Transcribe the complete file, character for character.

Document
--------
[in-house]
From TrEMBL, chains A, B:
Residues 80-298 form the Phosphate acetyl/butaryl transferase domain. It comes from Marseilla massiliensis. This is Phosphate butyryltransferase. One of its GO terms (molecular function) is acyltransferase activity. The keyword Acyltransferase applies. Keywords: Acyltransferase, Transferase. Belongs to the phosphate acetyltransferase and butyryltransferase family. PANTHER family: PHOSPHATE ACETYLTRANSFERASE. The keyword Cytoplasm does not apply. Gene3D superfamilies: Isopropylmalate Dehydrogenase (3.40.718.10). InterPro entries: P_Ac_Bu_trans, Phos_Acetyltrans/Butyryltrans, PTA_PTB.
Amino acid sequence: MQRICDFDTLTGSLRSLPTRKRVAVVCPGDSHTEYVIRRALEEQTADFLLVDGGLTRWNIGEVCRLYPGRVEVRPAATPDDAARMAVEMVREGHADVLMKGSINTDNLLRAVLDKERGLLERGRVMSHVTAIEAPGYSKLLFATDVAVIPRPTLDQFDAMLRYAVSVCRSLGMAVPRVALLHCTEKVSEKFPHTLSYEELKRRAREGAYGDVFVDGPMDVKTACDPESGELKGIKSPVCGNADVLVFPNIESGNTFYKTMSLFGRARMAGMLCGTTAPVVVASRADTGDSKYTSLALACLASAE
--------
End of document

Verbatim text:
[in-house]
From TrEMBL, chains A, B:
Residues 80-298 form the Phosphate acetyl/butaryl transferase domain. It comes from Marseilla massiliensis. This is Phosphate butyryltransferase. One of its GO terms (molecular function) is acyltransferase activity. The keyword Acyltransferase applies. Keywords: Acyltransferase, Transferase. Belongs to the phosphate acetyltransferase and butyryltransferase family. PANTHER family: PHOSPHATE ACETYLTRANSFERASE. The keyword Cytoplasm does not apply. Gene3D superfamilies: Isopropylmalate Dehydrogenase (3.40.718.10). InterPro entries: P_Ac_Bu_trans, Phos_Acetyltrans/Butyryltrans, PTA_PTB.
Amino acid sequence: MQRICDFDTLTGSLRSLPTRKRVAVVCPGDSHTEYVIRRALEEQTADFLLVDGGLTRWNIGEVCRLYPGRVEVRPAATPDDAARMAVEMVREGHADVLMKGSINTDNLLRAVLDKERGLLERGRVMSHVTAIEAPGYSKLLFATDVAVIPRPTLDQFDAMLRYAVSVCRSLGMAVPRVALLHCTEKVSEKFPHTLSYEELKRRAREGAYGDVFVDGPMDVKTACDPESGELKGIKSPVCGNADVLVFPNIESGNTFYKTMSLFGRARMAGMLCGTTAPVVVASRADTGDSKYTSLALACLASAE